• temperature;
  • hydrology;
  • fiber optic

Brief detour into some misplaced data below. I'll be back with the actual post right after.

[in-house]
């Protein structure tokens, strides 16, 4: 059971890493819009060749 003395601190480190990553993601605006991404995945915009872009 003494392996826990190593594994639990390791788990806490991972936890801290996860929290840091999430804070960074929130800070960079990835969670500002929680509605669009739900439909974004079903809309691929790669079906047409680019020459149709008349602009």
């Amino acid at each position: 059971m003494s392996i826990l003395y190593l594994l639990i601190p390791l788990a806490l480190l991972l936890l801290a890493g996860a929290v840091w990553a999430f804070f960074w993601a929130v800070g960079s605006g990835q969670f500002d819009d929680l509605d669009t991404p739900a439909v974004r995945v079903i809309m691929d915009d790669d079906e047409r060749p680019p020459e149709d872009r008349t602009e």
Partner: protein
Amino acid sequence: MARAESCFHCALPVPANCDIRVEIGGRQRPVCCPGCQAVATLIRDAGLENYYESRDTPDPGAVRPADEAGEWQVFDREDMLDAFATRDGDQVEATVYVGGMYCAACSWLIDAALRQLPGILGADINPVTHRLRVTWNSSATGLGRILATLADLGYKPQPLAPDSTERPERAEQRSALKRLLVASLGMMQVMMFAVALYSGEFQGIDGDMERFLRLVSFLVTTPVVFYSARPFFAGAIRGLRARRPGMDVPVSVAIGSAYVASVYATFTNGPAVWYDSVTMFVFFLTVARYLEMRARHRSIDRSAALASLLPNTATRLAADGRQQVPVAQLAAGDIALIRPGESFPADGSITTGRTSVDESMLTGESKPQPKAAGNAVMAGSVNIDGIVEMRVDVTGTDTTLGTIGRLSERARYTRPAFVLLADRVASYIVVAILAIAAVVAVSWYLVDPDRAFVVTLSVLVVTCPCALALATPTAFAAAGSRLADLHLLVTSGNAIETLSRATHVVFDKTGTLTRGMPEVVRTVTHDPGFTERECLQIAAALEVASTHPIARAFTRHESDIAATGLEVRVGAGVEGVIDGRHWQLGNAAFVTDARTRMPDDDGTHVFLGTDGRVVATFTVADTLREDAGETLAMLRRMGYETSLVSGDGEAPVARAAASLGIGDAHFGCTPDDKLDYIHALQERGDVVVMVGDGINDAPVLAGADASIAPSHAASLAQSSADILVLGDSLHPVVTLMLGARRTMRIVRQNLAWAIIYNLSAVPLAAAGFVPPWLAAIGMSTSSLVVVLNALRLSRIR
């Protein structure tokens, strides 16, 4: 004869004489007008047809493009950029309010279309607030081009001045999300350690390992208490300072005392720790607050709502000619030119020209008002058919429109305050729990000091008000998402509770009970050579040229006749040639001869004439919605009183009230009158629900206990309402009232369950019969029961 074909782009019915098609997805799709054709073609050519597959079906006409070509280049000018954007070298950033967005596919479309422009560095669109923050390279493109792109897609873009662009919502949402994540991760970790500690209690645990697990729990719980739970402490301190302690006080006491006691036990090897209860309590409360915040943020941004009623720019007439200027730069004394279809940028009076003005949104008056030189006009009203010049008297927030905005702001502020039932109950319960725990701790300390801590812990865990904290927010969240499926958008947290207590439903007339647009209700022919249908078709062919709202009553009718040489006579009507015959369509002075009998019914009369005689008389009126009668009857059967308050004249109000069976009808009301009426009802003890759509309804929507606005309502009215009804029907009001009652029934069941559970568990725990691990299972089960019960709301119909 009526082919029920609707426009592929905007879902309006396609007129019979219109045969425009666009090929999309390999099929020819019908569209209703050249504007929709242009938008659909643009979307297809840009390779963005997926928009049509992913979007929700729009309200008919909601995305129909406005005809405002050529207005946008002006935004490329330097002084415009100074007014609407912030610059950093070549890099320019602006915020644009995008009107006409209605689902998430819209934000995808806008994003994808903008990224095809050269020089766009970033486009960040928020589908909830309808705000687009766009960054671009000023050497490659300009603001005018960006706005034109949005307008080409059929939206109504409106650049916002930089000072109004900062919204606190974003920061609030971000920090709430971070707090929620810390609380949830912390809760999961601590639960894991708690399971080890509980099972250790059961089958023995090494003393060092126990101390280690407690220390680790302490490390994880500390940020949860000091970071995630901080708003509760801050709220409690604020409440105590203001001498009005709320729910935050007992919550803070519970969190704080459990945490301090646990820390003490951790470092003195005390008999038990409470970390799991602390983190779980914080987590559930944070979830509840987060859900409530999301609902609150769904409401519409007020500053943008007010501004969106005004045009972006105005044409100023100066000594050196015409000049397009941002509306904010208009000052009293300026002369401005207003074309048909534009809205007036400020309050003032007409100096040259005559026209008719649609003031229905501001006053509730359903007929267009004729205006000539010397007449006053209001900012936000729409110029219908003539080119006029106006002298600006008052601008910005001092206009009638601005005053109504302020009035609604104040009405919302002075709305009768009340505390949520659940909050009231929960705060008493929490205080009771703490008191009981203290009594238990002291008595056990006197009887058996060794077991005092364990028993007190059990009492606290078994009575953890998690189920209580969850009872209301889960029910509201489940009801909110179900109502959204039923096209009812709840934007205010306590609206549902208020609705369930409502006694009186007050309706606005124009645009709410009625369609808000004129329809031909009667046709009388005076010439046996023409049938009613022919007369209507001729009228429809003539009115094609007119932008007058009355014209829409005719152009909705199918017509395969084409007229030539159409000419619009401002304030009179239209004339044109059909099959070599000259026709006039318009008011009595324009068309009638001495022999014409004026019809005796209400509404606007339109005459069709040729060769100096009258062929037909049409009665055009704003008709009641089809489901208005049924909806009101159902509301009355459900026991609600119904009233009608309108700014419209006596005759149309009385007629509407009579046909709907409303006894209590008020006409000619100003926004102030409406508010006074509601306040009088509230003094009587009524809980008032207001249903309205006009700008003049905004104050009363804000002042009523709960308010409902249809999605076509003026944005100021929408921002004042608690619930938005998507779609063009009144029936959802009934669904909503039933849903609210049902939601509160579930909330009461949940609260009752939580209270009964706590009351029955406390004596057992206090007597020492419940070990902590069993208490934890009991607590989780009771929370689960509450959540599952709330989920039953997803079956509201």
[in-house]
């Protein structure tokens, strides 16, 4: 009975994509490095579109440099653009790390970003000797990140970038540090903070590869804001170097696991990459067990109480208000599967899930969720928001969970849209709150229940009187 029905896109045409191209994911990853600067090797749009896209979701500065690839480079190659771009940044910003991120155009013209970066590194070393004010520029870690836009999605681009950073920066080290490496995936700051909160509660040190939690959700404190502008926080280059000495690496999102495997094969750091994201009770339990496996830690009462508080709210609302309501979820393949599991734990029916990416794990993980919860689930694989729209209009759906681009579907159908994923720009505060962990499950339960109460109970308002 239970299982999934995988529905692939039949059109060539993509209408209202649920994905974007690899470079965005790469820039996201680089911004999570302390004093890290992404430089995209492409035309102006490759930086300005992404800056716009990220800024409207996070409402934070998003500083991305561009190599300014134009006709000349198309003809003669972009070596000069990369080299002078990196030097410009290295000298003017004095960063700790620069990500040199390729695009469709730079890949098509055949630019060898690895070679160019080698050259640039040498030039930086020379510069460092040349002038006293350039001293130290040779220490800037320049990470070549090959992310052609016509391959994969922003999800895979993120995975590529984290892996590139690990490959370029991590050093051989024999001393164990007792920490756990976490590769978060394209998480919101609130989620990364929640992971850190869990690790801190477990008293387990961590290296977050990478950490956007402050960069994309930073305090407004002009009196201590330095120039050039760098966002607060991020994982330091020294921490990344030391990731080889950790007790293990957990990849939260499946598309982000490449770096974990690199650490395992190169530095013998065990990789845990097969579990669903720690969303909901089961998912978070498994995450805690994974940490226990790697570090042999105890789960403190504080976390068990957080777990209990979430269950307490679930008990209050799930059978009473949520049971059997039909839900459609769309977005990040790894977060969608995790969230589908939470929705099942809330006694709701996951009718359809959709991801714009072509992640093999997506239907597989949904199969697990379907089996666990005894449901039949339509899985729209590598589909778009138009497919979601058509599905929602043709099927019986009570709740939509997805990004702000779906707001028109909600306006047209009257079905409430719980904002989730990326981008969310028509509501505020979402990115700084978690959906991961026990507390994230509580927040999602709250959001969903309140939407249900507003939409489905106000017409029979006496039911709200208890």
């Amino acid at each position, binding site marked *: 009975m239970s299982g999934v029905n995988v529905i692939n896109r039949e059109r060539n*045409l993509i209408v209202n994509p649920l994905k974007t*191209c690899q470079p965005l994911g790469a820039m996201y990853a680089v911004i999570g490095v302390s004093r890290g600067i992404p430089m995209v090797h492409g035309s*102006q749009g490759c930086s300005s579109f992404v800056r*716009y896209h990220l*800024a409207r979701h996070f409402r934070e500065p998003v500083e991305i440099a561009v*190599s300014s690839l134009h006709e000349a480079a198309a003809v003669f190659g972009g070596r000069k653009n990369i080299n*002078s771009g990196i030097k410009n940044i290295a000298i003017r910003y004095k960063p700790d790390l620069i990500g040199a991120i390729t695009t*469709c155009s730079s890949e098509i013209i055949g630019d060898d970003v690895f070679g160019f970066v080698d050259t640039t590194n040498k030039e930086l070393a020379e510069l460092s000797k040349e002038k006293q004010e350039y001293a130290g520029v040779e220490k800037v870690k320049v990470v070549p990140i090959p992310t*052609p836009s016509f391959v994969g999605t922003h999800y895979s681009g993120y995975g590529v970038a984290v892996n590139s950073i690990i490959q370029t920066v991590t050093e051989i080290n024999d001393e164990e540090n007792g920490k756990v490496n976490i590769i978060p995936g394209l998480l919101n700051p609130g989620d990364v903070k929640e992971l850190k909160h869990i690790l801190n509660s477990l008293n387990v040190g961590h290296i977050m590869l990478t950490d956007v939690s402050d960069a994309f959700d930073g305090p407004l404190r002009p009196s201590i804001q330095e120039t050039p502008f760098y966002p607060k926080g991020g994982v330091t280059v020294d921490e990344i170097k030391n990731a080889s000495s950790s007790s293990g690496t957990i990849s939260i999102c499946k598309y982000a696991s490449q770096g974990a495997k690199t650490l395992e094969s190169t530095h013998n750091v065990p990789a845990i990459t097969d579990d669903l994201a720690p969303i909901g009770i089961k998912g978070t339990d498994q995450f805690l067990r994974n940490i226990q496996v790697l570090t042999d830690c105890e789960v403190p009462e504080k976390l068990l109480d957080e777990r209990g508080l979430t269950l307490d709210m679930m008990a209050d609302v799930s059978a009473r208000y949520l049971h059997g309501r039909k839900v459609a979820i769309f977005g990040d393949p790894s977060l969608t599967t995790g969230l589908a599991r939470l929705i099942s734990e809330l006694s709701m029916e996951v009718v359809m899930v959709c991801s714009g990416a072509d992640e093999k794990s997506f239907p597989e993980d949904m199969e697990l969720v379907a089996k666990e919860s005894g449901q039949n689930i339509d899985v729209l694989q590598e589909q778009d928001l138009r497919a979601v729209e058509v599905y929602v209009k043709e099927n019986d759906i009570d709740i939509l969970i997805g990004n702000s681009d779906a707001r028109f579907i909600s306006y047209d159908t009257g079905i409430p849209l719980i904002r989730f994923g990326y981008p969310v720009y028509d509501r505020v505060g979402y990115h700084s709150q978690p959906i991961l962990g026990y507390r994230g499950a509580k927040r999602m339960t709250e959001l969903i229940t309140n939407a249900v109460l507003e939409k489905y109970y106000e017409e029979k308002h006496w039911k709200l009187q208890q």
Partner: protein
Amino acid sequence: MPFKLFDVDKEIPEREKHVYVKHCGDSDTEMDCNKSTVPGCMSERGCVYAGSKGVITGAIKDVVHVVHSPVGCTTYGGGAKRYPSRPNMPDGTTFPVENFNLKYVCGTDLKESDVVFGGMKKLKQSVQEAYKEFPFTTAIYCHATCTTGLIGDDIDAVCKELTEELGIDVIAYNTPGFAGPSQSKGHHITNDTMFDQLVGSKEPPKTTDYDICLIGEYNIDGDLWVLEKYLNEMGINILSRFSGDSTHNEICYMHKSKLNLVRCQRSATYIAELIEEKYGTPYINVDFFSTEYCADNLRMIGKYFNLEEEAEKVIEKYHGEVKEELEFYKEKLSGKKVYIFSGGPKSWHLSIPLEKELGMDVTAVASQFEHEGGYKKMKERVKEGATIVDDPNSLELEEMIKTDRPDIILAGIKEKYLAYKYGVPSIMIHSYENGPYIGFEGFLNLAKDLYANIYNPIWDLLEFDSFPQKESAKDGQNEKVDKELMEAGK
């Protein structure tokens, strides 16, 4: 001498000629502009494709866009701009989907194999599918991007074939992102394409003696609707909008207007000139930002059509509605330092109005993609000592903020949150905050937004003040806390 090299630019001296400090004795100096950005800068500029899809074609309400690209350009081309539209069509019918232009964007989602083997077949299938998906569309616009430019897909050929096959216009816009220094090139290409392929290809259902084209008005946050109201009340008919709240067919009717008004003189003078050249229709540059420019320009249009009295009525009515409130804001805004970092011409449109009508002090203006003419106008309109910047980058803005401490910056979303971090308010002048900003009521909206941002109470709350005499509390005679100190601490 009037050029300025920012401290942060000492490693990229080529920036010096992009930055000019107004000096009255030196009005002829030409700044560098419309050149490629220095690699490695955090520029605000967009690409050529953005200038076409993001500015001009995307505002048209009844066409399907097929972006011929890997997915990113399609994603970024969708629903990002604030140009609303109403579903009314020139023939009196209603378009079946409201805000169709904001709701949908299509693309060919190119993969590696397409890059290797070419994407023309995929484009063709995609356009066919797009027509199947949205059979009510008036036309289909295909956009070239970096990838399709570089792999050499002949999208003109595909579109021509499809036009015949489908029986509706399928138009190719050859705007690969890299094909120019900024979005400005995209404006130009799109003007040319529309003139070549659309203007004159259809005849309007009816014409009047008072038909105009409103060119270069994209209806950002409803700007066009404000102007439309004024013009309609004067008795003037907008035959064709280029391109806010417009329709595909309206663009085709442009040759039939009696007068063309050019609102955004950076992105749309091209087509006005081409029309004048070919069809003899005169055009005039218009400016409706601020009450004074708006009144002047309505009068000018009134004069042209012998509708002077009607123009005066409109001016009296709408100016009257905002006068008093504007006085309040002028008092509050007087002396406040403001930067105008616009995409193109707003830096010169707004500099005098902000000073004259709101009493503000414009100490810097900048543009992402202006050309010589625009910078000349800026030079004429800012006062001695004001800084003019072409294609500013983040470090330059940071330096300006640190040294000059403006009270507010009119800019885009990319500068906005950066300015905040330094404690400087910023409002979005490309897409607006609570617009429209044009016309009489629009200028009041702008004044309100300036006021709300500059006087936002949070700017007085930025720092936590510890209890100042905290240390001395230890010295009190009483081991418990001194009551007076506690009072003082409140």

[1] Raman spectra distributed temperature sensing (DTS) by fiber-optic cables has recently shown considerable promise for the measuring and monitoring of surface and near-surface hydrologic processes such as groundwater–surface water interaction, borehole circulation, snow hydrology, soil moisture studies, and land surface energy exchanges. DTS systems uniquely provide the opportunity to monitor water, air, and media temperatures in a variety of systems at much higher spatial and temporal frequencies than any previous measurement method. As these instruments were originally designed for fire and pipeline monitoring, their extension to the typical conditions encountered by hydrologists requires a working knowledge of the theory of operation, limitations, and system accuracies, as well as the practical aspects of designing either short- or long-term experiments in remote or challenging terrain. This work focuses on providing the hydrologic user with sufficient knowledge and specifications to allow sound decisions on the application and deployment of DTS systems.